|Publication number||US5285407 A|
|Application number||US 07/815,441|
|Publication date||8 Feb 1994|
|Filing date||31 Dec 1991|
|Priority date||31 Dec 1991|
|Also published as||CA2086464A1, DE69212586D1, DE69212586T2, EP0550887A1, EP0550887B1|
|Publication number||07815441, 815441, US 5285407 A, US 5285407A, US-A-5285407, US5285407 A, US5285407A|
|Inventors||Richard O. Gale, Benjamin Perrone|
|Original Assignee||Texas Instruments Incorporated|
|Export Citation||BiBTeX, EndNote, RefMan|
|Patent Citations (7), Referenced by (119), Classifications (25), Legal Events (4)|
|External Links: USPTO, USPTO Assignment, Espacenet|
The following patent application is related to the present application, and is incorporated by reference herein:
U.S. Pat. No. 4,956,619, "Spatial Light Modulator".
This invention relates to spatial light modulators comprised of arrays of pixel elements, and more particularly to an improved structure for storing data for writing to and operating individual pixel elements.
Spatial light modulators (SLM's) are transducers that modulate incident light in a spatial pattern corresponding to an electrical or optical input. The incident light may be modulated in phase, intensity, polarization, or direction. The light modulation may be achieved by a variety of materials exhibiting various electro-optic or magneto-optic effects and by materials that modulate light by surface deformation. SLM's have found numerous applications in the areas of optical information processing, projection displays, and electrostatic printing.
Many SLM applications involve some sort of data storage on a per pixel basis. For example, when used for video display systems, SLM's take the place of raster-scan electron beam devices. The SLM is comprised of an area array of individually addressable pixel elements, each of which corresponds to a point of an image. For display, light from each pixel element is magnified and projected to a display screen by an optical system. The type of modulation depends on how the modulator is combined with an optical system. Typically, each pixel is addressed and data pertaining to its desired state is loaded into a memory cell associated with that pixel. Then, the pixels change state to produce an image.
A thorough discussion of various types of SLM's is set out in the background section of U.S. Pat. No. 4,956,619. Devices sharing the same structural features as SLM's have been used for applications that do not involve light modulation. Examples of such applications are optical switching, light beam steering, and acceleration measurement. However, the term "SLM" is nevertheless used herein to describe these devices because of they also are characterized by addressable, micro-mechanical elements.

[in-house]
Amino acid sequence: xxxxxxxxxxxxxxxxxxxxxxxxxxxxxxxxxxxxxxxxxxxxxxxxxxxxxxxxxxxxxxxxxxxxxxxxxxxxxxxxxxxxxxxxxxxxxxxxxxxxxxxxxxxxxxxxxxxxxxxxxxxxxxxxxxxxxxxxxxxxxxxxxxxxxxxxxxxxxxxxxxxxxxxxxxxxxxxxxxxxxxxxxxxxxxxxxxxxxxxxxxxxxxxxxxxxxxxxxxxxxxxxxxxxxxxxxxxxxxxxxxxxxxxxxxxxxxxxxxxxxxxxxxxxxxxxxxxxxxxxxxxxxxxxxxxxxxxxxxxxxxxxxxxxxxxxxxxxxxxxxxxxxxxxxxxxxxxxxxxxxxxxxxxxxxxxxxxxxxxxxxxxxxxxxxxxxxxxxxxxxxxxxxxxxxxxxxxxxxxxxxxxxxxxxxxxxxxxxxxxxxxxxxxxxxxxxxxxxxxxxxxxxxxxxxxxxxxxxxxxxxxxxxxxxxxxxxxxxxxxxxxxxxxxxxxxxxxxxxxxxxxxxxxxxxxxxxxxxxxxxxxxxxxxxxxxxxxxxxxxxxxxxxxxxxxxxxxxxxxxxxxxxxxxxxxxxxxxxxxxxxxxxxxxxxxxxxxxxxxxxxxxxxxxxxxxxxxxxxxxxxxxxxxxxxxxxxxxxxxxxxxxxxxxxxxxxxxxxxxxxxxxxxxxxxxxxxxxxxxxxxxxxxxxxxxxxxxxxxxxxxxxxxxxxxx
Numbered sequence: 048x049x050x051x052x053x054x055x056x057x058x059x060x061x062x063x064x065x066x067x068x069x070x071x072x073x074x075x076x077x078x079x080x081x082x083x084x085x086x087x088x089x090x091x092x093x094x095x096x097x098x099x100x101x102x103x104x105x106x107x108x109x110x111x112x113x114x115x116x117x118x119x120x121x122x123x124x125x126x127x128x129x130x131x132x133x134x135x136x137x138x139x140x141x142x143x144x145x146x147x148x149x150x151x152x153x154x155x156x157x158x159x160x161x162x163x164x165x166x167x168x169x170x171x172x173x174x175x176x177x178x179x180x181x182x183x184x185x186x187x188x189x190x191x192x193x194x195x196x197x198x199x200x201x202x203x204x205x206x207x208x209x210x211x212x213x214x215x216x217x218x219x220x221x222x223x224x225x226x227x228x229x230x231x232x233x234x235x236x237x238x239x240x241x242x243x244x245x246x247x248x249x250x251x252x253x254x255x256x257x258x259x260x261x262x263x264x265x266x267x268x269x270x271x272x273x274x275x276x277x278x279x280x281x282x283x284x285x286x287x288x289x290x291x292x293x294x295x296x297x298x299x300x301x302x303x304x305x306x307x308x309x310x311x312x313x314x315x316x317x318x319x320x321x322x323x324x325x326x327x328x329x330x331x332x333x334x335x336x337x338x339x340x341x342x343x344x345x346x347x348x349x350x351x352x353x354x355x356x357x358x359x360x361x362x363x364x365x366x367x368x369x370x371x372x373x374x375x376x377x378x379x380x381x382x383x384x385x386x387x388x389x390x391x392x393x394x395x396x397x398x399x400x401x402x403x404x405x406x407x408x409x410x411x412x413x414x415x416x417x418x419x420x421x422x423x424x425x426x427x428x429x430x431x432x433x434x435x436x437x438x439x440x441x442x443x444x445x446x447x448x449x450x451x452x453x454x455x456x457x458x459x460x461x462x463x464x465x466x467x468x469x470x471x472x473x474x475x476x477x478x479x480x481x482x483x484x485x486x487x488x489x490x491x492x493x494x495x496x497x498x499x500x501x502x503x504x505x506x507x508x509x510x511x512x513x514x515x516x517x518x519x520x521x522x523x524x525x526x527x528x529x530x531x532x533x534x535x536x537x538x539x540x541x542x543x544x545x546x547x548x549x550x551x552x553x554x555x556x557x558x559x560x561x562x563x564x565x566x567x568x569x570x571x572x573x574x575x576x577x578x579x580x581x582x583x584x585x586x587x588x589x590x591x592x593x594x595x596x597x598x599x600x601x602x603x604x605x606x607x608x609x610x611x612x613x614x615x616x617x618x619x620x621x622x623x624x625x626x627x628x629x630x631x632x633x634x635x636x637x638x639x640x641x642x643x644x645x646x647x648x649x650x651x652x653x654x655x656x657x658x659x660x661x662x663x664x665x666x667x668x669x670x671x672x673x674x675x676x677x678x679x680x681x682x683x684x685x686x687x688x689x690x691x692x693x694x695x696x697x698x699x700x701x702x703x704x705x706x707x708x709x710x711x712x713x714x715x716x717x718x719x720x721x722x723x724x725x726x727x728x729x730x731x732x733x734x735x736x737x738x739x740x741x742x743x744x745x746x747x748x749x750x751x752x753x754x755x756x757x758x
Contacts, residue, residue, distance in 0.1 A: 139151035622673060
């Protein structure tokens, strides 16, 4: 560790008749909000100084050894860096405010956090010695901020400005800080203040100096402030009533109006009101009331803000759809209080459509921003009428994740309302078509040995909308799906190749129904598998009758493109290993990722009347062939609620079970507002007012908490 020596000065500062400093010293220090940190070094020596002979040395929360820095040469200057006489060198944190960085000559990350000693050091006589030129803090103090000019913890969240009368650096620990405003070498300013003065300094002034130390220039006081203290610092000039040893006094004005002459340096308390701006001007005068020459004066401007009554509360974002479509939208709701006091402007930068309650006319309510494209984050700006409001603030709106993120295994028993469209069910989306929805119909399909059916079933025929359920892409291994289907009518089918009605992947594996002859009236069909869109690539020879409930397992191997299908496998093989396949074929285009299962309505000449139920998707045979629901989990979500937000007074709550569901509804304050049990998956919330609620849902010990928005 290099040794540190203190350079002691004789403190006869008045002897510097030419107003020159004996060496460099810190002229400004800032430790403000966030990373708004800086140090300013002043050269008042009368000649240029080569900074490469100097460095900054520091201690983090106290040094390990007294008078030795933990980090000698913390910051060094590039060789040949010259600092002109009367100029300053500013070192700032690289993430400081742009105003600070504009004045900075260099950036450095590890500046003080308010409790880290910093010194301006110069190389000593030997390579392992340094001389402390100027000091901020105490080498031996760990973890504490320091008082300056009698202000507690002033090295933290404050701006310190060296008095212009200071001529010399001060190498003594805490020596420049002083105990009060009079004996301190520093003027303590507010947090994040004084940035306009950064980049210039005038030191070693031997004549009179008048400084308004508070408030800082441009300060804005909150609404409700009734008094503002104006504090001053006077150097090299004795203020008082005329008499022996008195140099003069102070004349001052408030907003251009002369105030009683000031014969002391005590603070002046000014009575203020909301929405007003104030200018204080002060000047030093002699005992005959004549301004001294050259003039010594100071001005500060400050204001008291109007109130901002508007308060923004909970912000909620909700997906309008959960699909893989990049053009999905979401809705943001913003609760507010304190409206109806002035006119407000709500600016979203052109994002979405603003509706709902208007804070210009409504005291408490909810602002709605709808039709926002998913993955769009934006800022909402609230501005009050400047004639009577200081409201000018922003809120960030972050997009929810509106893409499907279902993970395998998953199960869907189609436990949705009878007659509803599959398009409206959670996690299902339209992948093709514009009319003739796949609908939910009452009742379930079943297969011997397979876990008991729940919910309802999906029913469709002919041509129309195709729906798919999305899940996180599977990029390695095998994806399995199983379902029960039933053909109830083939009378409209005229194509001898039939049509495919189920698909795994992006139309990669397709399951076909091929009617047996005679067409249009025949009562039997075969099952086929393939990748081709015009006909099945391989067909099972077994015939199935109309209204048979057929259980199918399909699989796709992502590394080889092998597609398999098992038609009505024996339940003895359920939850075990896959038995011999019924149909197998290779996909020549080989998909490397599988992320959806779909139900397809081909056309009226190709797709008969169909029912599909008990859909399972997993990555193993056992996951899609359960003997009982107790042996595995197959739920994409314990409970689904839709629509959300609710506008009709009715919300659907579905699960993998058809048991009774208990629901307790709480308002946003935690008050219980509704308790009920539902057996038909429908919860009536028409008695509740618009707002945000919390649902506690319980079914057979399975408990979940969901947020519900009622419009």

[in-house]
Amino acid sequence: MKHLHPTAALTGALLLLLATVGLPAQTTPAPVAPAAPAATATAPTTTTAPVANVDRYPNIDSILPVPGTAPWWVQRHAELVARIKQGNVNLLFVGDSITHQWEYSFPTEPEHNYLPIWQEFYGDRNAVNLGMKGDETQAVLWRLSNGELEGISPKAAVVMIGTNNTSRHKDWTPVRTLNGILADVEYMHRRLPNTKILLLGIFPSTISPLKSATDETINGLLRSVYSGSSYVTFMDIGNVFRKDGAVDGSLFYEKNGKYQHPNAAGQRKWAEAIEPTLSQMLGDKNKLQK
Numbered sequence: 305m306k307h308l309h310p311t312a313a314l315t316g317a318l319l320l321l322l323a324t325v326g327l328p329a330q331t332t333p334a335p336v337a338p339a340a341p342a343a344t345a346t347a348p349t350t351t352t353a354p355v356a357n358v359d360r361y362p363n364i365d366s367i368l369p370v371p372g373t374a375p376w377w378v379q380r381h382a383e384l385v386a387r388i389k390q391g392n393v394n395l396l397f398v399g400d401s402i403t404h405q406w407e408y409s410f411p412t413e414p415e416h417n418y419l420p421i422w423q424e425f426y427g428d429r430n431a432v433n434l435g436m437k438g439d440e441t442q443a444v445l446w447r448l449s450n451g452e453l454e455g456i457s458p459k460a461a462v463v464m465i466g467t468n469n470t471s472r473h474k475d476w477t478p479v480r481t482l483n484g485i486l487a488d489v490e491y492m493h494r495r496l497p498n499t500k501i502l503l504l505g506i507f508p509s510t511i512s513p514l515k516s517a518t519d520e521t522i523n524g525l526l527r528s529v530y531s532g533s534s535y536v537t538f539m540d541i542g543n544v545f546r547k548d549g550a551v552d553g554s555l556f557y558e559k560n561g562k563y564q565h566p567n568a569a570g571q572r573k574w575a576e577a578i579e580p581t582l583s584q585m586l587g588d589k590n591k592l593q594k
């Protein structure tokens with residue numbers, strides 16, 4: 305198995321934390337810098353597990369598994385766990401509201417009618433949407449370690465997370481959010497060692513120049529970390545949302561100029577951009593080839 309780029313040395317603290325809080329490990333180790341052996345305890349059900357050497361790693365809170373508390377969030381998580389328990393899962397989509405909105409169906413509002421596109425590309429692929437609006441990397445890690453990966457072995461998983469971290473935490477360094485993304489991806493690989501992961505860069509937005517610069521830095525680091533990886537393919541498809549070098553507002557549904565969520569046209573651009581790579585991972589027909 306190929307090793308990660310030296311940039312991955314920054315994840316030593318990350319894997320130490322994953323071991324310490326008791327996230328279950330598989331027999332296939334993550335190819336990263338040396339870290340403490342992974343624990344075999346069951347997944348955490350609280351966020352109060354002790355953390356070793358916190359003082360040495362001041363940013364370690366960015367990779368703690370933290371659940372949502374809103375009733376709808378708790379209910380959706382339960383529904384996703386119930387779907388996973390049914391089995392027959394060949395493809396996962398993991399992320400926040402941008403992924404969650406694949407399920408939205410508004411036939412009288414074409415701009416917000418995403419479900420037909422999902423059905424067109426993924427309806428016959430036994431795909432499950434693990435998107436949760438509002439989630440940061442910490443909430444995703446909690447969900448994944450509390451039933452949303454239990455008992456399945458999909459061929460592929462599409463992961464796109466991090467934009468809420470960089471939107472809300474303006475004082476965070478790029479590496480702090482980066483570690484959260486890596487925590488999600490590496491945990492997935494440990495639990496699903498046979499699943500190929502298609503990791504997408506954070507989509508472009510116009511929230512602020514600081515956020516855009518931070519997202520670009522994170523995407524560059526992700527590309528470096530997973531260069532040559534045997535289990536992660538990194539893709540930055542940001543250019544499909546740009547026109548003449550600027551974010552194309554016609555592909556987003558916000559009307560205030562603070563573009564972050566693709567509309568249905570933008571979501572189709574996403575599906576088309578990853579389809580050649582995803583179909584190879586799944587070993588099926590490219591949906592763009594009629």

A frequently used type of SLM is the deformable mirror device (DMD), in which each pixel element is a tiny mirror, each capable of separate mechanical movement in response to an electrical input. Incident light may be modulated in direction, phase, or amplitude by reflection from each pixel element. Various DMD architectures have been developed, which include variations with respect to the type of mirror elements and the addressing circuit. Mirror element types include elastomer, membrane, and cantilever or torsion beam types. Addressing may be by e-beam input, optically, or by means of an electronic memory circuit. Cantilever and torsion beam architectures, in combination with integrated circuit addressing, are described in a article entitled "Deformable-Mirror Spatial Light Modulators", by Larry J. Hornbeck, published in Proc. SPIE 1150, pp. 86-102 (1990). As described therein, ideally, the memory cell circuit is designed so that it may be integrated with a mirror element superstructure, using conventional integrated circuit techniques. U.S. Pat. No. 4,956,619 describes a method of fabricating such DMD's. For example, in projection display applications, each SLM pixel element is associated with one or more memory cells.
In the past, the memory cell circuits for SLM's have been custom designed and usually resemble conventional dynamic random access memories (DRAM's). A description of the structure and operation of one form of memory cell design for DMD's is described in U.S. Pat. No. 5,079,544 entitled "Standard Independent Digitized Video System", filed Feb. 27, 1989, and assigned to the same assignee as the present invention.
A problem with dynamic memory designs is that relatively large storage capacitors are required at the cell site. When used in an SLM integrated circuit, these capacitors are susceptible to interlayer dielectric effects. Also, bi-stable SLM pixel designs require both signal polarities at the pixel site. To accomplish this bi-polarity with DRAM memory cells, either two drive lines and associated storage capacitors are required, or an inverter must be added to each cell. Finally, applications for SLM's involve illumination of the SLM, and as illumination increases, the refresh requirements of DRAM cells due to the charge carriers generated by illumination increases.
Although the use of static random access memory (SRAM) cells for the memory cell circuit would overcome some of the limitations of DRAM-based designs, there are problems associated with providing the power required for the SRAM cells. In SLM devices that require higher voltage levels for operating the array elements, if the same voltage is used to power the SRAM circuit, the result is a large current draw during writing to the cell as well as reduced writing speed. A need exists for an SRAM-based SLM design that does not have these limitations.